Here are images of the painting before cleaning and after.

Sorry, this is not an issue of fakes but part of the history of the paintings. In the case of “The Girl with A Pearl Earring” jewelry experts said the pearl was too big to be an authentic jewel of Vermeer’s time. Happily, the few brush strokes that enlarged the pearl have been found to be consistent with the artist’s highlighting. From a dealer’s point of view, this kind of question would affect the value if this painting were on the market. If a buyer were to think the pearl had been enhanced later to make it more prominent, he might not want to pay the “full” price of a Vermeer. The senior partner of my gallery, Saemy Rosenberg of Rosenberg & Stiebel used to say in German, “They can kill you with their science”. Which certainly could be true as far as value is concerned.

What should a museum do if a painting in their collection is called a fake or painted by a less important artist? I have probably mentioned before the “Polish Rider” by Rembrandt in the Frick Collection. The “experts” decided at one point that the picture was not by Rembrandt, but the Frick, in a courageous act, refused to take it off wall. Low and behold, the next experts came around to once again fully attribute the picture to Rembrandt.

Also revealed recently is that Jacques Louis David’s portrait of Antoine Laurent Lavoisier and Marie Anne Lavoisier, donated by Jayne & Charles Wrightsman to the Metropolitan Museum in 1978 had also been reworked. This was done by the artist because of the changing politics of the time. I will let you read the Met’s analysis for yourselves and see the transformation in the painting.

There are so many more examples of revising art history through scientific discovery. Whether this is progress or just disturbing the status quo is up to your own way of thinking and possibly your age as well!

Sunday, November 14, 2021

The Library is Leaving

Almost exactly a decade ago I wrote a Missive titled “The Library Arrives”

A couple of months ago I wrote about deaccessioning not only my gallery archive but also our art history library. Now it is happening!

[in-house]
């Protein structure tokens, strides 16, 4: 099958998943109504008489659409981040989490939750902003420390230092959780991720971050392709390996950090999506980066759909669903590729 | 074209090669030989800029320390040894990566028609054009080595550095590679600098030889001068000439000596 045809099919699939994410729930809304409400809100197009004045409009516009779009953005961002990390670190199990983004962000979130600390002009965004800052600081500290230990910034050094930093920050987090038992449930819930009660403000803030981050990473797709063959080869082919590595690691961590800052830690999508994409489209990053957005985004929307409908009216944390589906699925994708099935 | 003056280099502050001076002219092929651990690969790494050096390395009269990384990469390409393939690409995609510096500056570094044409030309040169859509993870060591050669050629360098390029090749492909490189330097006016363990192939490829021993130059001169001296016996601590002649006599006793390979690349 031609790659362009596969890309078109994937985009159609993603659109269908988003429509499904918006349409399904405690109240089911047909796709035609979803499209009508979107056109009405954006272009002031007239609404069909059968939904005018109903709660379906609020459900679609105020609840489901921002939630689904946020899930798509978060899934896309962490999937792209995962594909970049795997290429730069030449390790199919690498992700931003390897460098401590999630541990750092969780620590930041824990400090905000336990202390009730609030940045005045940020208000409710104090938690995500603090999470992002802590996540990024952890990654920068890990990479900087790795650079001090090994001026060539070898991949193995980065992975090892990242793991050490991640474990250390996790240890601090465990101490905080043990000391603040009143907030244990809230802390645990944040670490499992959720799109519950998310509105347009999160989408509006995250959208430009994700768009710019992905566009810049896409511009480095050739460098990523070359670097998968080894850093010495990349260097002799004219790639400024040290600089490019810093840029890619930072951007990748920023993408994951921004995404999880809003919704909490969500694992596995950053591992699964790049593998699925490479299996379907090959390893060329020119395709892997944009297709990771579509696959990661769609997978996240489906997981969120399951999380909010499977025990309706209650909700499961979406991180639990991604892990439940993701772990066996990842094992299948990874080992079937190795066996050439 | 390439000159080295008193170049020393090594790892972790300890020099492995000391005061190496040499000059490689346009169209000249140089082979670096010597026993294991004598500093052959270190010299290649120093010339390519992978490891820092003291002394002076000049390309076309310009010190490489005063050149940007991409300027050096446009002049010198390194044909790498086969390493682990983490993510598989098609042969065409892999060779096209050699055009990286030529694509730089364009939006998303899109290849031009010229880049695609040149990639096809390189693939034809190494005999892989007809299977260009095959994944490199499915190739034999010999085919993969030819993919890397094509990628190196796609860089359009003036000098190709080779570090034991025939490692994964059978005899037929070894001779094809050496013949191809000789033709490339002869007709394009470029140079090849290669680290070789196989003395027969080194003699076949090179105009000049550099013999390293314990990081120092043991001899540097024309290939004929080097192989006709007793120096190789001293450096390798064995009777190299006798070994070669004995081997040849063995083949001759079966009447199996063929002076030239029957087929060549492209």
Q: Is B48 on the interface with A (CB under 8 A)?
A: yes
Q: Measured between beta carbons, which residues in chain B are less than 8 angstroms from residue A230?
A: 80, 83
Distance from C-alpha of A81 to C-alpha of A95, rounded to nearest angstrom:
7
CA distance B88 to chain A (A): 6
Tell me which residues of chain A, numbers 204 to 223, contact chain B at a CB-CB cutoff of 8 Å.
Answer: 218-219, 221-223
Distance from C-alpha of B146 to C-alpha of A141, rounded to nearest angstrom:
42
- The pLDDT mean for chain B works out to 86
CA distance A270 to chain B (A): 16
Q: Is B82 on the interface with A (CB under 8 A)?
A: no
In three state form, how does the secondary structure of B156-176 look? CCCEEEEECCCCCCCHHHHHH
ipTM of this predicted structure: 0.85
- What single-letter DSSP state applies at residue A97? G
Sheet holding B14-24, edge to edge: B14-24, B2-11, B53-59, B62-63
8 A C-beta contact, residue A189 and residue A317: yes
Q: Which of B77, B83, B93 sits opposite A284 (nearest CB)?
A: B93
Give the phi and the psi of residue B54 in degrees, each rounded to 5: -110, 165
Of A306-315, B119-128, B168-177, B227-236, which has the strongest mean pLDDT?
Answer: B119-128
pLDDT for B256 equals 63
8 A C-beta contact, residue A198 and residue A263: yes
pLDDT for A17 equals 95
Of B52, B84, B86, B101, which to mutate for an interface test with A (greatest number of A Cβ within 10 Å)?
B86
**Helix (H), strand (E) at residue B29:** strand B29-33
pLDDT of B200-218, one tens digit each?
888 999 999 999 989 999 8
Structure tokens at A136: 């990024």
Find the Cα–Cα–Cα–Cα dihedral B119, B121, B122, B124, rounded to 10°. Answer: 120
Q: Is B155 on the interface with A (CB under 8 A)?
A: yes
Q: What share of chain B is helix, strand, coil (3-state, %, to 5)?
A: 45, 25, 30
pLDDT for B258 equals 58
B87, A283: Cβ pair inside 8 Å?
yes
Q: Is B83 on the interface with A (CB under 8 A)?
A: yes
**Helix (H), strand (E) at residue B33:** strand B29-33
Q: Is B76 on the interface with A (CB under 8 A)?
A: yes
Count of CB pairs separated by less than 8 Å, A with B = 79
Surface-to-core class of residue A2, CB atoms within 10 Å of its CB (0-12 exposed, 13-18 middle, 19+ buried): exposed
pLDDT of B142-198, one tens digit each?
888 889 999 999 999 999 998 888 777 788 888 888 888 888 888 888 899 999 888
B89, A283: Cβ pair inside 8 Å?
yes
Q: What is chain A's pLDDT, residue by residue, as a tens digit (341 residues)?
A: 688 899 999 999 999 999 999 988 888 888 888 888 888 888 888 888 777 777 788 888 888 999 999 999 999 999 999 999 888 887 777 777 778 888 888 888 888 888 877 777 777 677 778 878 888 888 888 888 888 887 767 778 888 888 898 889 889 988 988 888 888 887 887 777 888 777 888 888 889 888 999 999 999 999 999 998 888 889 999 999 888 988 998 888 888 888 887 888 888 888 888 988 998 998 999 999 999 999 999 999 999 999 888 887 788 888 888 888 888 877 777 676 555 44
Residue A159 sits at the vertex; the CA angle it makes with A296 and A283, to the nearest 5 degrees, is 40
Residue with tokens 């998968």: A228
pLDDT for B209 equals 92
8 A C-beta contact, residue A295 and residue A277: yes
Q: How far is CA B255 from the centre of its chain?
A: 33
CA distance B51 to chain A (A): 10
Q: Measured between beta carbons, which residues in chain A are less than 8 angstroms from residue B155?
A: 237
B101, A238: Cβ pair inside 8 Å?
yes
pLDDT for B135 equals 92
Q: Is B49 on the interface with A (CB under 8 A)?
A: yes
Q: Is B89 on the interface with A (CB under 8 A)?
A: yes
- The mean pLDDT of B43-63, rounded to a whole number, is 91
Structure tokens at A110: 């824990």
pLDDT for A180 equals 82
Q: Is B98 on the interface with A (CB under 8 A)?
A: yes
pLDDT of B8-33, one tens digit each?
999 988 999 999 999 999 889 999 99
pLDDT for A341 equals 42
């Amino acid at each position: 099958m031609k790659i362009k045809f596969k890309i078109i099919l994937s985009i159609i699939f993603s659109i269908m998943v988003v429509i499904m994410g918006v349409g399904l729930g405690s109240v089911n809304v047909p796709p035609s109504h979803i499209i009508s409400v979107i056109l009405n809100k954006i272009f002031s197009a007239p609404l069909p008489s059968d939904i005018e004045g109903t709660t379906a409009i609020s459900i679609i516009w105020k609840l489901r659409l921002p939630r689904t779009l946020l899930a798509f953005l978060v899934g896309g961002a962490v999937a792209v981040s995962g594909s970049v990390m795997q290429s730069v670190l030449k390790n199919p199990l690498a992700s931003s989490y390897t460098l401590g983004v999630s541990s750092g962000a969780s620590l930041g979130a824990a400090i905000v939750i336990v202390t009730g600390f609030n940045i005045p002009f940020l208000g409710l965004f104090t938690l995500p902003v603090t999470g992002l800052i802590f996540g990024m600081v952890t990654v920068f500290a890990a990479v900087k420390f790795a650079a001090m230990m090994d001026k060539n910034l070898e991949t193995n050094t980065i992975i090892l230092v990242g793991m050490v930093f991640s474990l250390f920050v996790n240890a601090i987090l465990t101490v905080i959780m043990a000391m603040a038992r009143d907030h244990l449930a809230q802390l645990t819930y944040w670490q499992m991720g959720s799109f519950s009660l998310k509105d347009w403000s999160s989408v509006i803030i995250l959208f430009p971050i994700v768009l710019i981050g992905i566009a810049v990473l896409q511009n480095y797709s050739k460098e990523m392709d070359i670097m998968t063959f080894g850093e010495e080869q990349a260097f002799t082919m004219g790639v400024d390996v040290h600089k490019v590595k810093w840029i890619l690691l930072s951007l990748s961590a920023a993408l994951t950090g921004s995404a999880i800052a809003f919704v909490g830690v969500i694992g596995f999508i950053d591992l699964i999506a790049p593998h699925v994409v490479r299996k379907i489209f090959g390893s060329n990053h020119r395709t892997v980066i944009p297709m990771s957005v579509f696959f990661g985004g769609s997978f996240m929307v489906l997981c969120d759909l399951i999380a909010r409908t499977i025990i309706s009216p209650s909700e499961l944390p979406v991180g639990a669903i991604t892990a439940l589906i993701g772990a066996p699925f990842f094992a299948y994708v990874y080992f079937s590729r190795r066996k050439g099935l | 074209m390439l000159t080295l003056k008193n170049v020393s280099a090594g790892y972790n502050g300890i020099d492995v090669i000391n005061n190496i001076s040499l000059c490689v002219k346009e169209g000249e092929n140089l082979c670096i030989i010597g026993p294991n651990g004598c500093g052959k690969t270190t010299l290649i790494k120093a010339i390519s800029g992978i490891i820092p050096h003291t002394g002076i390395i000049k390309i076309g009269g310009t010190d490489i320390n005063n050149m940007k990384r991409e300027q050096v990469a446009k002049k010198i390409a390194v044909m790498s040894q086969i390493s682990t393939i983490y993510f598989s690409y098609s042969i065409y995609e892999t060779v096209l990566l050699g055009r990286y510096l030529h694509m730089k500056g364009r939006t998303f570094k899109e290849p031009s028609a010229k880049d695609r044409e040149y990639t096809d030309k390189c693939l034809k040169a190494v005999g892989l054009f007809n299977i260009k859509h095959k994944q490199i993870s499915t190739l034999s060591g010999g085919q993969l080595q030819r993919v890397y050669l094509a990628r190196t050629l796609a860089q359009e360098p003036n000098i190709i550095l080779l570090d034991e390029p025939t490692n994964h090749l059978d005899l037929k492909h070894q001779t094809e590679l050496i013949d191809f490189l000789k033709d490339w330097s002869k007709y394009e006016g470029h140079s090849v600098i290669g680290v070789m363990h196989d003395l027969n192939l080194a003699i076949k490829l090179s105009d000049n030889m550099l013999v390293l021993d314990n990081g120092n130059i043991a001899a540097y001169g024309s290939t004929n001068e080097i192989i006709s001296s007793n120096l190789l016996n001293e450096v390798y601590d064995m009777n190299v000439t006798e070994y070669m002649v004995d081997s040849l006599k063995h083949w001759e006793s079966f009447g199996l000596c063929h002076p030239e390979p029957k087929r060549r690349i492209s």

The library is on its way to the Birmingham Museum of art. We meet the librarian, Laura Woodard from the Birmingham Museum of art at the Albuquerque airport. Next morning, she picks up a huge rental truck from Penske then settles in to check which books will go in addition to those already listed.

My wife and I have a last-minute panic that we can’t part with this book or that.

Four fellows from Zen Movers come to begin packing the books in our basement as well as in our studio:

Coming up from the basement library with the packed and taped book boxes they begin loading the truck. The cartons are so heavy they need to bring the dollies up the ramp backward onto the truck.

While we thought the job would take 3 days or more, but the men finish in 7 hours.

The next morning Laura with her friend, renowned keyboard artist Matt Slocum, take off for the 18 hour drive back to Birmingham.

Sunday, November 7, 2021

The Thanksgiving Play

The other night we went to the theater for a play, a treat we have had precious little of in the last 18 months other than in the box in our TV room.

Up front, I need to mention that it was an extra pleasure because our son was in the play. This is not a review; however, I am sure you are well aware that any theater piece that one’s son or daughter are in, is perfection. Here is the cast from left to right, Kate Bergeron as Logan (the teacher) – Patrick MacDonald as Caden (the Professor) - Jess Haring as Alicia (the actress) and Hunter Hans Stiebel as Jaxton (Logan’s Paramour).